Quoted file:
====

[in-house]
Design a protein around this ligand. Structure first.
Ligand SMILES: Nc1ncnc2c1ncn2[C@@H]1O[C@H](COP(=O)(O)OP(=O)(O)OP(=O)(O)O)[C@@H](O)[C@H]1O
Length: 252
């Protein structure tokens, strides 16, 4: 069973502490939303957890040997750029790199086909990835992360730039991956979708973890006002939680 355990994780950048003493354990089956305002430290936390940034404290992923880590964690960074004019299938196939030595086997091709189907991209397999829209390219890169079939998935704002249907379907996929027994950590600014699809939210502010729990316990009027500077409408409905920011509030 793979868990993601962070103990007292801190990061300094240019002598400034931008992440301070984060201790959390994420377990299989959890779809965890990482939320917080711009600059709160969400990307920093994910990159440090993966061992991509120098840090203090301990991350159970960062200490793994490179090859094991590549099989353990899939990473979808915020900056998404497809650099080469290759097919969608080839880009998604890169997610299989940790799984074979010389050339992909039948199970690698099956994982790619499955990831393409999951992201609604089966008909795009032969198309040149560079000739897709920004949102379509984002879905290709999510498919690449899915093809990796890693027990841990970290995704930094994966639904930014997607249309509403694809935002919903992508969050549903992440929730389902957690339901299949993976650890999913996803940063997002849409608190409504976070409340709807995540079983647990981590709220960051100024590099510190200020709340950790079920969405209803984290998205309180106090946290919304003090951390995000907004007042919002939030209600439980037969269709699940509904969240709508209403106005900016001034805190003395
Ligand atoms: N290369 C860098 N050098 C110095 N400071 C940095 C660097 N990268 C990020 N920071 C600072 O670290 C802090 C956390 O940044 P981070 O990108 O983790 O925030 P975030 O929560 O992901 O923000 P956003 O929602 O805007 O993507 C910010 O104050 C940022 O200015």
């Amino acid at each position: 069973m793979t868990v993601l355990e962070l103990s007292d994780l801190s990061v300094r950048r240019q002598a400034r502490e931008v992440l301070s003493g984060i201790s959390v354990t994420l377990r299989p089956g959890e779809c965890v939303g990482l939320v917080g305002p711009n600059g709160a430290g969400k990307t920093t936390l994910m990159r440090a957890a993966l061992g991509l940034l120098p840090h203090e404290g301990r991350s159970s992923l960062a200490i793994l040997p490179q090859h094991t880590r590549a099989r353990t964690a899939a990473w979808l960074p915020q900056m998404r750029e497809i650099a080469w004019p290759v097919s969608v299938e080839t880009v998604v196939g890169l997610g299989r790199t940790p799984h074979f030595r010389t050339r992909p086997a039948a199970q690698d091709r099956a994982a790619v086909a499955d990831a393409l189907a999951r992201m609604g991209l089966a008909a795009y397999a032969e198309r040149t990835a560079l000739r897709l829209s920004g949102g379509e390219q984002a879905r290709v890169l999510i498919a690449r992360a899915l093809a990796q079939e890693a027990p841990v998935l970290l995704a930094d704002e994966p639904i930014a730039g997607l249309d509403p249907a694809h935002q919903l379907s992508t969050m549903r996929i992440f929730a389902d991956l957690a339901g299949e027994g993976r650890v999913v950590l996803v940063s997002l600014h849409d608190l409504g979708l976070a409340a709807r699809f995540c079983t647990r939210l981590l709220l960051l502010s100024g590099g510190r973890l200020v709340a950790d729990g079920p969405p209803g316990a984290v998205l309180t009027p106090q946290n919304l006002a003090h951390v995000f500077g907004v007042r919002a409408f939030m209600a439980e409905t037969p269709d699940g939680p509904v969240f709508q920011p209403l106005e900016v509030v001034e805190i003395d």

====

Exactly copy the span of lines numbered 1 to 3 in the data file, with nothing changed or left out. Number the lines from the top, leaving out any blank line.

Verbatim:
[in-house]
Design a protein around this ligand. Structure first.
Ligand SMILES: Nc1ncnc2c1ncn2[C@@H]1O[C@H](COP(=O)(O)OP(=O)(O)OP(=O)(O)O)[C@@H](O)[C@H]1O